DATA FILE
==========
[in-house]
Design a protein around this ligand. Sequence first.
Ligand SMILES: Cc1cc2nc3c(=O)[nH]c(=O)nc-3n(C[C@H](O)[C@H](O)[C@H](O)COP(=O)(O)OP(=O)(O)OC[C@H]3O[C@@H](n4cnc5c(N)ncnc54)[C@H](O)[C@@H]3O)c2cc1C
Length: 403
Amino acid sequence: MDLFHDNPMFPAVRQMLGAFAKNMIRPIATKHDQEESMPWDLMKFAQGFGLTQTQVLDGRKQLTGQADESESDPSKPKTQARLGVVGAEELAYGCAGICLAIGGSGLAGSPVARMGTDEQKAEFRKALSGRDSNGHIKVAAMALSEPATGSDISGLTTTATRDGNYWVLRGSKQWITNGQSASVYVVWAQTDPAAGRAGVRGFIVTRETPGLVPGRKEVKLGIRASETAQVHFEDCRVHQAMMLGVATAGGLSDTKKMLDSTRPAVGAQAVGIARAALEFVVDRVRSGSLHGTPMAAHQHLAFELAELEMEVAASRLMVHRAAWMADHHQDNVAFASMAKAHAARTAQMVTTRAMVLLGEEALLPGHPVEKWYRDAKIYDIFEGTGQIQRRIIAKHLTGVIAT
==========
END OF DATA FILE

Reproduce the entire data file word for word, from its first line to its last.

[in-house]
Design a protein around this ligand. Sequence first.
Ligand SMILES: Cc1cc2nc3c(=O)[nH]c(=O)nc-3n(C[C@H](O)[C@H](O)[C@H](O)COP(=O)(O)OP(=O)(O)OC[C@H]3O[C@@H](n4cnc5c(N)ncnc54)[C@H](O)[C@@H]3O)c2cc1C
Length: 403
Amino acid sequence: MDLFHDNPMFPAVRQMLGAFAKNMIRPIATKHDQEESMPWDLMKFAQGFGLTQTQVLDGRKQLTGQADESESDPSKPKTQARLGVVGAEELAYGCAGICLAIGGSGLAGSPVARMGTDEQKAEFRKALSGRDSNGHIKVAAMALSEPATGSDISGLTTTATRDGNYWVLRGSKQWITNGQSASVYVVWAQTDPAAGRAGVRGFIVTRETPGLVPGRKEVKLGIRASETAQVHFEDCRVHQAMMLGVATAGGLSDTKKMLDSTRPAVGAQAVGIARAALEFVVDRVRSGSLHGTPMAAHQHLAFELAELEMEVAASRLMVHRAAWMADHHQDNVAFASMAKAHAARTAQMVTTRAMVLLGEEALLPGHPVEKWYRDAKIYDIFEGTGQIQRRIIAKHLTGVIAT